In the Garden:
Coastal and Tropical South
Dollarweed is a triple threat: it spreads by seeds, roots, and thick white rhizomes.
I kept a column on my bulletin board for several years that celebrated the joys of weeding. At least that's what the writer found in this mindless task. Though I do find a rather meditative zone in repetitive motion, my muttered mantra goes like this, "Die, you rascal, and don't grow back!" Since I do not use traditional herbicides in my gardens, I chant that one plenty.
Timing Weed Control
Any plant growing where the gardener doesn't want it is a weed, horticulturally speaking. That means ultimately the control of what plants you grow and where you grow them is yours in almost every situation. Noxious, invasive weeds are outlawed in various places, and local covenants may impose other restrictions. The wider issue of what is a weed is often addressed by garden "experts" who tell us that one or another is unacceptable. In the early 20th century, canna lilies were planted along alleyways to hide the garbage cans. Considered a weed and called "common" back then, cannas are certainly no longer limited in their acceptable landscape uses.
Deciding to rid your garden of one "weed" or another shouldn't have to be a kneejerk reaction to someone else's opinion about it. If you can put unpopular plants to work, do. If not, find a way to limit if not completely control them.
There are some plants that most everyone in our regions agree can be more trouble than they're worth. Some make the "list to avoid" because of their aggression in flower beds, like cashmere bouquet clerodendron and autumn clematis vine. But in a gravel area, the first makes a powerful butterfly magnet where nothing else grows. And I wouldn't be without the vine, as long as it stays in the wooded thicket at the back corner of the property where it can brighten without dominating. They're weeds to most because they are hard to control in good growing conditions, yet in challenging situations they make the grade. Other plants make the list to avoid because they can be downright dangerous, like poison ivy; still others, like nutgrass, rob nutrients from potential food in the vegetable garden.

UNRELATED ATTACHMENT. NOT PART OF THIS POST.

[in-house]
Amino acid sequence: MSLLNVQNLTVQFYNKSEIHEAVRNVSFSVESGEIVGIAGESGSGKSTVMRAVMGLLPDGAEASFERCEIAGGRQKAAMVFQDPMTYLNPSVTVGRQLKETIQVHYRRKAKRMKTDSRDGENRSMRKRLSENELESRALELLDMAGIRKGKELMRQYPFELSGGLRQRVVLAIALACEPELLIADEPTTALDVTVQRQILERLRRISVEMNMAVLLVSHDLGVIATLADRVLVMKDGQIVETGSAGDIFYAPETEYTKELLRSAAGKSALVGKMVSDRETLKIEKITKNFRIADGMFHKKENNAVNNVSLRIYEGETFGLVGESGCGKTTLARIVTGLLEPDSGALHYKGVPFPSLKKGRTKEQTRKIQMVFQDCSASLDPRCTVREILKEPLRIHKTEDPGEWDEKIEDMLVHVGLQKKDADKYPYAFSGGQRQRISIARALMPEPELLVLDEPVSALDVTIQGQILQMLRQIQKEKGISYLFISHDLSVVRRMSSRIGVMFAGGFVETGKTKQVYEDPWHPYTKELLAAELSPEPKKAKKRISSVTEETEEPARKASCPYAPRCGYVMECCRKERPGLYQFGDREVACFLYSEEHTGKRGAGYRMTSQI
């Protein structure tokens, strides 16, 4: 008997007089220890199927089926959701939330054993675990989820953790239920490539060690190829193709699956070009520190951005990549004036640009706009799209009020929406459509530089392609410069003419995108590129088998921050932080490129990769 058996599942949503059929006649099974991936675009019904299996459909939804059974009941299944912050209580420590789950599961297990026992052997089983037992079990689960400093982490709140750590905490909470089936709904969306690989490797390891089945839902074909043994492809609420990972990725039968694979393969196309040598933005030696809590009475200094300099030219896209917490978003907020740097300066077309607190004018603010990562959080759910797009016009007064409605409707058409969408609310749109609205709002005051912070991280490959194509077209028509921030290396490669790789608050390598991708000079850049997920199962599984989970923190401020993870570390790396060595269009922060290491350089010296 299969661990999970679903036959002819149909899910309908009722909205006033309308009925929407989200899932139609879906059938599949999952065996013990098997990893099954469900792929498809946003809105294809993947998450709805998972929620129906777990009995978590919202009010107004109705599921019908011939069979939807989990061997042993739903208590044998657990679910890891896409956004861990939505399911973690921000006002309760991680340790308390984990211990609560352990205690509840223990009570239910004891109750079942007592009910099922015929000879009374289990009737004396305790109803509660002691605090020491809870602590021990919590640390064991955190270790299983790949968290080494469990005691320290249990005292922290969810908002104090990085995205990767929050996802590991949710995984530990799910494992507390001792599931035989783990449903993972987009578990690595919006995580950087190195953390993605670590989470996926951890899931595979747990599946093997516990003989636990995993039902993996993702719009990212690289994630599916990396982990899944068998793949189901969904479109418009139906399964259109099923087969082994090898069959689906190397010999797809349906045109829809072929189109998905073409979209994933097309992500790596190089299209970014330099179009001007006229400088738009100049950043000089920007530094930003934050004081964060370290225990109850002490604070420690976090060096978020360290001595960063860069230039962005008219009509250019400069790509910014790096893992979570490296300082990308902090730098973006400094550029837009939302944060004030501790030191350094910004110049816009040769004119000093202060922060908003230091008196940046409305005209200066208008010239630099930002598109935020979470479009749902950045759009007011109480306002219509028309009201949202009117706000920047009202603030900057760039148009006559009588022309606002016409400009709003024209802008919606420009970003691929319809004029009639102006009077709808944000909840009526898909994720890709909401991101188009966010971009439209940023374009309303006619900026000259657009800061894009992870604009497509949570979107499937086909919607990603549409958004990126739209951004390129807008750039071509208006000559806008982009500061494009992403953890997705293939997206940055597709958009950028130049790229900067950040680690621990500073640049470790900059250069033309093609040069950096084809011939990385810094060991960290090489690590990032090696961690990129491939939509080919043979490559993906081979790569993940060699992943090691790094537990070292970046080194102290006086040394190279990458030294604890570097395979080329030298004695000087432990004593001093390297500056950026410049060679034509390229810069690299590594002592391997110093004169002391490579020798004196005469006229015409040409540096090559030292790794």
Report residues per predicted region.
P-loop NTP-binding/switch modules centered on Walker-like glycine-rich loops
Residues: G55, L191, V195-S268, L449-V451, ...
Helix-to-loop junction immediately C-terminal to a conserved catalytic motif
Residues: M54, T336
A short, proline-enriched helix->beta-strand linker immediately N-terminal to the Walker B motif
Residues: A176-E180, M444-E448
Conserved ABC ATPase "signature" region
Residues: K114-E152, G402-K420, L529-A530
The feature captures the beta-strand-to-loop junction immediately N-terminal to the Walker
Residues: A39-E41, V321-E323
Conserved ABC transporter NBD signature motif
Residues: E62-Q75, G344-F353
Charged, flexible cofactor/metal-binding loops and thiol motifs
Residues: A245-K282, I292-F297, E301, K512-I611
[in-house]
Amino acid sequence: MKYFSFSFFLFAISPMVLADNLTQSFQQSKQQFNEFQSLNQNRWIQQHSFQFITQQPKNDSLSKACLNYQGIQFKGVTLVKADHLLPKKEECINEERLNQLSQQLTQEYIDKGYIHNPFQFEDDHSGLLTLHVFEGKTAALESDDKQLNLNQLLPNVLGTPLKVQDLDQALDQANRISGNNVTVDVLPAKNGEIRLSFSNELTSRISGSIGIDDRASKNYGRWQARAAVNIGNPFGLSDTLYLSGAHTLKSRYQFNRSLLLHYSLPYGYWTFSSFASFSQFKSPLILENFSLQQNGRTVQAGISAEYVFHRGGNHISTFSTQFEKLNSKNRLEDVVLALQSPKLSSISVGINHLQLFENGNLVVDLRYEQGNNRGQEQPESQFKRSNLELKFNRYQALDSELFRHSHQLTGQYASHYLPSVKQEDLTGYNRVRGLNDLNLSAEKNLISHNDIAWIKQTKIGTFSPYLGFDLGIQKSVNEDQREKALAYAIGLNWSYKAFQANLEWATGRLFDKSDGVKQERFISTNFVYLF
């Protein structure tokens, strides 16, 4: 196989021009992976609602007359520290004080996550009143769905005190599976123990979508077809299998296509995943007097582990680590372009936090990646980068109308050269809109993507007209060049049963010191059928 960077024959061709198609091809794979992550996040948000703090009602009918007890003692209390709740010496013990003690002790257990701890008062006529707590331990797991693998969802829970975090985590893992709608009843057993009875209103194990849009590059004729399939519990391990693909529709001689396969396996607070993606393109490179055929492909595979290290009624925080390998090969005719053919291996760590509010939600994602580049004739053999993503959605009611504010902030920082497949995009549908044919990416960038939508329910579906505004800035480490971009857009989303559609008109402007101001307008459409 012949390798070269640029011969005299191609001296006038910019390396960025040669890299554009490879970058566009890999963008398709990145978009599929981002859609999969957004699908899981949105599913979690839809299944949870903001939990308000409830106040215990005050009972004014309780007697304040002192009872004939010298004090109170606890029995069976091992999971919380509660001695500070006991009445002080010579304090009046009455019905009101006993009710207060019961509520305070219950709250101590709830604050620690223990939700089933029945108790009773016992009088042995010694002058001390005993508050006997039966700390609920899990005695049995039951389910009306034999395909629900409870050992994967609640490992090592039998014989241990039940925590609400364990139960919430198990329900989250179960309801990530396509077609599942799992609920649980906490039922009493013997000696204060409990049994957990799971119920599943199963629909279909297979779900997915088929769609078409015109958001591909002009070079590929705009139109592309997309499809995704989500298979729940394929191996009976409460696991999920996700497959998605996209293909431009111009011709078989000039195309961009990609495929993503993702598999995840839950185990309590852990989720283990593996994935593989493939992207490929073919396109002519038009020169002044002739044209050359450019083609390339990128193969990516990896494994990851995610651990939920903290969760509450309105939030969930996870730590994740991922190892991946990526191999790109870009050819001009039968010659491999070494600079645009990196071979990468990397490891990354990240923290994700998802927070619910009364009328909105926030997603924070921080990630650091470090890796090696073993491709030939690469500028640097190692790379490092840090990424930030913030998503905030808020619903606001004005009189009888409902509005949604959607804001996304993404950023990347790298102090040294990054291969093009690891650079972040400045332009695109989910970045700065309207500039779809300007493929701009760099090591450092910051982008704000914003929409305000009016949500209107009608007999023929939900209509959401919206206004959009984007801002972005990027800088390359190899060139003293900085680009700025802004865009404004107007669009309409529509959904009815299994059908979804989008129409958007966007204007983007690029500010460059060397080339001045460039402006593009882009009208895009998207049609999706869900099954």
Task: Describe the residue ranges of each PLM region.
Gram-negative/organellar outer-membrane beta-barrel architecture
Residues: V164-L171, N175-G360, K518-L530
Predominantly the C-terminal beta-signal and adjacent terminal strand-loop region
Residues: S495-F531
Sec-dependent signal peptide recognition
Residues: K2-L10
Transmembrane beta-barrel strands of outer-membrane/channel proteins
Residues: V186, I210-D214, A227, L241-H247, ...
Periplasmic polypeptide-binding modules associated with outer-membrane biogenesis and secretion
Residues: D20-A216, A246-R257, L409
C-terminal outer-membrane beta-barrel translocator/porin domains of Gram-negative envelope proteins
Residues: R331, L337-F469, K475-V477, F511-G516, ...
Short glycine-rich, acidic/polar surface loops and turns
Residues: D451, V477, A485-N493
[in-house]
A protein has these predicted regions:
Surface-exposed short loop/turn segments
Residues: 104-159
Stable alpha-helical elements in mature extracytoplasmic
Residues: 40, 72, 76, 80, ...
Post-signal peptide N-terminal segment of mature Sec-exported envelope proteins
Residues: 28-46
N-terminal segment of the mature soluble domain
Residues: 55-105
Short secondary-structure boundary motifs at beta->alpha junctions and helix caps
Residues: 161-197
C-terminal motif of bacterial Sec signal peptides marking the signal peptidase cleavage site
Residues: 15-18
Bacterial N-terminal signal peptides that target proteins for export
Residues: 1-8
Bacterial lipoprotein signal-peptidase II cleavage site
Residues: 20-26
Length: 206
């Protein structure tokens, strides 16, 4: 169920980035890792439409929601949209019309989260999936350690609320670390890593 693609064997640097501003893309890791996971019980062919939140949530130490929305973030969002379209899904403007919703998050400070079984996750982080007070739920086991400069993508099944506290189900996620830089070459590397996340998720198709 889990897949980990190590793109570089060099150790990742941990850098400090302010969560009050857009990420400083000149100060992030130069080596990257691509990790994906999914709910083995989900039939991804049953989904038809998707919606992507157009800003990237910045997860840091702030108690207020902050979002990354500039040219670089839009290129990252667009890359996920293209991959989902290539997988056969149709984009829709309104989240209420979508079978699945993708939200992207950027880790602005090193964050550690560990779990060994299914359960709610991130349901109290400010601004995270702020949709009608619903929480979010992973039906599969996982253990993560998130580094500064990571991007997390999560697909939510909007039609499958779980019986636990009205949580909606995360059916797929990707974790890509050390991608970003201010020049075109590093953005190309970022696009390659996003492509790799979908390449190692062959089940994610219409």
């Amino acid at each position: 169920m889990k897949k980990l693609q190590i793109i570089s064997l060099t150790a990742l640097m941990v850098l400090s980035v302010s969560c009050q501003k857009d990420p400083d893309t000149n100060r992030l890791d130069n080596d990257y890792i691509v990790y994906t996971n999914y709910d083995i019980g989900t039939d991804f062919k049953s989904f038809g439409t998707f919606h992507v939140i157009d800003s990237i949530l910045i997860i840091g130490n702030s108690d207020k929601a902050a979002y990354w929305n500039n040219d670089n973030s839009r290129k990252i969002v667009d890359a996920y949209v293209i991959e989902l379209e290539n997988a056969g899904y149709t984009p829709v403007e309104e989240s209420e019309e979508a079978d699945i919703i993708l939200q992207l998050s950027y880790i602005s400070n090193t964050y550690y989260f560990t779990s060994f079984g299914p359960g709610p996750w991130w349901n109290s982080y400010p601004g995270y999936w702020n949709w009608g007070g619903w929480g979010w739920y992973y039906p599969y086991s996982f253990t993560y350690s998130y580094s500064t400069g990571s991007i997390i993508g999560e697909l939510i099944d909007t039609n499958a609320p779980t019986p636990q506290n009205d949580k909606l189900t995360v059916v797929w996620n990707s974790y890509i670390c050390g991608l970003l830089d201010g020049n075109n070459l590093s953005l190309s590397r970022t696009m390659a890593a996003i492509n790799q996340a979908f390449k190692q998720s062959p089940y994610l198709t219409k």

Some weeds are "planted" for you by birds, some arrive in pots of plants and wake from dormancy to torment you. There are three basic strategies that can work together to decrease an unwanted plant's profile: physical removal, chemical control, and suppression of return growth.
You will have to lift out plants with storage organs, probably even if you spray them, to prevent regrowth from their tubers or rhizomes. In very difficult circumstances, where the weed has overtaken more than a square foot of soil, it may be easier to scoop weedy patches out, groom them, and replace the soil. Chemical sprays can be effective if used wisely, but are no match for weeds with woody stems or those that spread by rhizomes, such as dollarweed. This plant and others with slick leaves also repel chemicals and so should be crushed before spraying to allow the spray to penetrate.
In the long run, clearing the garden of weeds now is wise, be prepared to spray if regrowth occurs, and always weed before the plants in question can bloom, set seed, and reproduce further. Lay down barrier cloth in permanent planting areas once weeds are cleared out, and mulch around and between all desirable plants to further suppress weeds.
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